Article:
Who is Charles-François Daubigny? The life and works of the French painter, one of the leading names of the Barbizon school.
Charles-François Daubigny (February 15, 1817 in Paris – February 19, 1878 in Paris) was one of the painters of the Barbizon School, and is considered an important precursor of Impressionism.
Daubigny was born into a family of painters. The art was taught to him by his father, Edmond François Daubigny, and by his uncle, the miniaturist Pierre Daubigny.
In its beginnings Daubigny painted in a traditional style, but this changed from 1843 when he settled in Barbizon to work in nature. Even more important was his encounter with Camille Corot in 1852 in Optevoz (Isère). On his famous “Botin” boat, which he had adapted as a floating studio, he painted along the Seine and the Oise, generally in the region around Auvers-sur-Oise. From 1852 onwards he is influenced by Gustave Courbet.
In 1866, Daubigny visited England, and returned to that country in 1870, escaping the upheavals of the Franco-Prussian War. In London he met Claude Monet, and together they traveled to the Netherlands. Back in Auvers, he met Paul Cézanne, another important artist linked to impressionism and post-impressionism. It is believed that all these then young artists were influenced by Daubigny.
The finest paintings by Daubigny were painted between 1864 and 1874, mostly made up of careful landscapes with trees, rivers and some ducks. It is said that when Daubigny liked his paintings he added a duck or two, so the number of ducks would indicate the greater or lesser artistic quality of his works. One of his sayings was “The best paintings do not sell”, often seeing that his finest achievements were not appreciated. Daubigny is preferred mainly for its river views, which he painted in large numbers, but although there are two great landscapes of Daubigny in the Louvre, none is of this genre.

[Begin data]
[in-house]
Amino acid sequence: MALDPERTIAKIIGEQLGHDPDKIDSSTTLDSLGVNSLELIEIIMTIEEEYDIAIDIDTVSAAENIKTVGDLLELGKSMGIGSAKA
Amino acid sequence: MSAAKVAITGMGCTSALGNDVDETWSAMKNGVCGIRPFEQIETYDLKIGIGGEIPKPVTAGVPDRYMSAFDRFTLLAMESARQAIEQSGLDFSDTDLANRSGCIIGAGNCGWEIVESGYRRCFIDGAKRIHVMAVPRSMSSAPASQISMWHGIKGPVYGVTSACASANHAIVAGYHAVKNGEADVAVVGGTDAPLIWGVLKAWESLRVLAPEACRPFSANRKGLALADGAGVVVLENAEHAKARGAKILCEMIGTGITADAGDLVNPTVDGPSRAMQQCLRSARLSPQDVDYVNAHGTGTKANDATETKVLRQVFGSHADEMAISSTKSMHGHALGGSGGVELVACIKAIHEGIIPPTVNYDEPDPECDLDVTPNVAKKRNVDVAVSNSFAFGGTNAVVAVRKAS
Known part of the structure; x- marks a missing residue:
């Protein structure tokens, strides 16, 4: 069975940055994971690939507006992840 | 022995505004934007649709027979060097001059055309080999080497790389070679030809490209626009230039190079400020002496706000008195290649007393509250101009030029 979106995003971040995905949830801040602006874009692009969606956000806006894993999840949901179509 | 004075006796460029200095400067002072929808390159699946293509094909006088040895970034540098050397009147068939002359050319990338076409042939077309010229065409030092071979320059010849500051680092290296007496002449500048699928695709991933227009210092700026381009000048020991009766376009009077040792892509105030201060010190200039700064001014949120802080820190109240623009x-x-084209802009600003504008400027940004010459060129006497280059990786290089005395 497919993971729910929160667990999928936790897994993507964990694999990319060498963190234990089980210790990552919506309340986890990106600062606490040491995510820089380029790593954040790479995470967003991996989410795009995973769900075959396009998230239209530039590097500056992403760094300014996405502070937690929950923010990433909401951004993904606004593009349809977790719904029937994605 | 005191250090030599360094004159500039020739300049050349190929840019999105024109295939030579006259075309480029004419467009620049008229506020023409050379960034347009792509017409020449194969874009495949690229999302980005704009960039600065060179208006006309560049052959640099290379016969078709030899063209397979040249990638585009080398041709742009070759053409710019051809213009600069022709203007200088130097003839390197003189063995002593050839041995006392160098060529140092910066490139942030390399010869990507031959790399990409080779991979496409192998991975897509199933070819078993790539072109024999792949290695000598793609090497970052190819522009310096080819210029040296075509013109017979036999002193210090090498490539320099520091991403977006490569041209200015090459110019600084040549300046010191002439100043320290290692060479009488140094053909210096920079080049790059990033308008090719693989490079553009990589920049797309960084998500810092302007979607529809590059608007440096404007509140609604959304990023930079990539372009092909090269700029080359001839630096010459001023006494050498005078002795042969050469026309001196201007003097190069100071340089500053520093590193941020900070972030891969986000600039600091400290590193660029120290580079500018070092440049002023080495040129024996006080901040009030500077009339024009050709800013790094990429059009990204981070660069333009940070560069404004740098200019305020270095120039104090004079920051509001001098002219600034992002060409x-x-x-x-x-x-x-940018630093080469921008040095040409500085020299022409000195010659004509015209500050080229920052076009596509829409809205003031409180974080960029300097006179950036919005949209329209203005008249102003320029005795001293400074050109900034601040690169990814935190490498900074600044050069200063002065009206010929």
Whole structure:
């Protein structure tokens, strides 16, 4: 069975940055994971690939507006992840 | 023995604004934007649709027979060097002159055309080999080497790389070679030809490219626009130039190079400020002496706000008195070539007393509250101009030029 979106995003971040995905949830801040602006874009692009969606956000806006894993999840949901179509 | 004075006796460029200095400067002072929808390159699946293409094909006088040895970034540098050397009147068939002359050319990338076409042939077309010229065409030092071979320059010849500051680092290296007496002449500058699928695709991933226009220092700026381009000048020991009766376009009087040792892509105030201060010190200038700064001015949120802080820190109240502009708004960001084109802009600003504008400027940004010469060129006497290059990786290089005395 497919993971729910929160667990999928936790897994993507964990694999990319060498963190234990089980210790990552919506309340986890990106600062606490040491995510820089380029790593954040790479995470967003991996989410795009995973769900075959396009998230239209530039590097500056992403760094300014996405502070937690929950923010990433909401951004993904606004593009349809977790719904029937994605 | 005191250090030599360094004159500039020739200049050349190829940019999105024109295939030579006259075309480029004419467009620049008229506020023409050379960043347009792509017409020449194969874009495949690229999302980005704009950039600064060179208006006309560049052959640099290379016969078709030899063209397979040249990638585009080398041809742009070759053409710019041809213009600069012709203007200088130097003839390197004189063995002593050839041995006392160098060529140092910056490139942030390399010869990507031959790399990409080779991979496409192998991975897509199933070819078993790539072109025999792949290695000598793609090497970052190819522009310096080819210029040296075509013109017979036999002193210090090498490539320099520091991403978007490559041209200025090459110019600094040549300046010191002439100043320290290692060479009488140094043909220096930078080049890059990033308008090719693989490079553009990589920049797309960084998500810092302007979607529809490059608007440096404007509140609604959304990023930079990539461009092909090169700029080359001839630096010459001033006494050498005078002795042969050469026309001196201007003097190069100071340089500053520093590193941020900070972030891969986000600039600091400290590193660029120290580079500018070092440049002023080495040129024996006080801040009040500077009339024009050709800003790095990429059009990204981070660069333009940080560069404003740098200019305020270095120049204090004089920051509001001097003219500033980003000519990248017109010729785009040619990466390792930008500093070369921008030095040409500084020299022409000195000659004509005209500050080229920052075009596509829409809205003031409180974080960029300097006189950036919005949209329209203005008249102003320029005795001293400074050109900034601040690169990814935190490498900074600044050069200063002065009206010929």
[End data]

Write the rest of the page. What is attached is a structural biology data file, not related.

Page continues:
The somewhat loose brushstroke, “poorly finished” according to the academics, produced swings in his estimation; participated in the official Salons with unequal results. Already mature, he was invited to participate in the jury of some of these contests; on some occasion he renounced such an honor in solidarity with the Impressionists, whose works were massively excluded.
His most ambitious works are: Spring Landscape (1857, Louvre), Edge of the Cure, Morvan (1864), Villerville sur Mer (1864), Moonlight (1865), Andrsy sur Oise (1868), A Pond in the Morvan (1869), and Return from the lock (1878). In Spain, the Thyssen-Bornemisza Museum has examples of it.
He produced abundant etchings, which in some cases were published in magazines of the time, so they are still quite affordable.
His followers and students were: his son Karl (who sometimes painted so well that his works can be confused with those of his father, although rarely equals it in mastery), Oudinot, Delpy, Albert Charpin and Damoye.
Charles-Francois Daubigny Paintings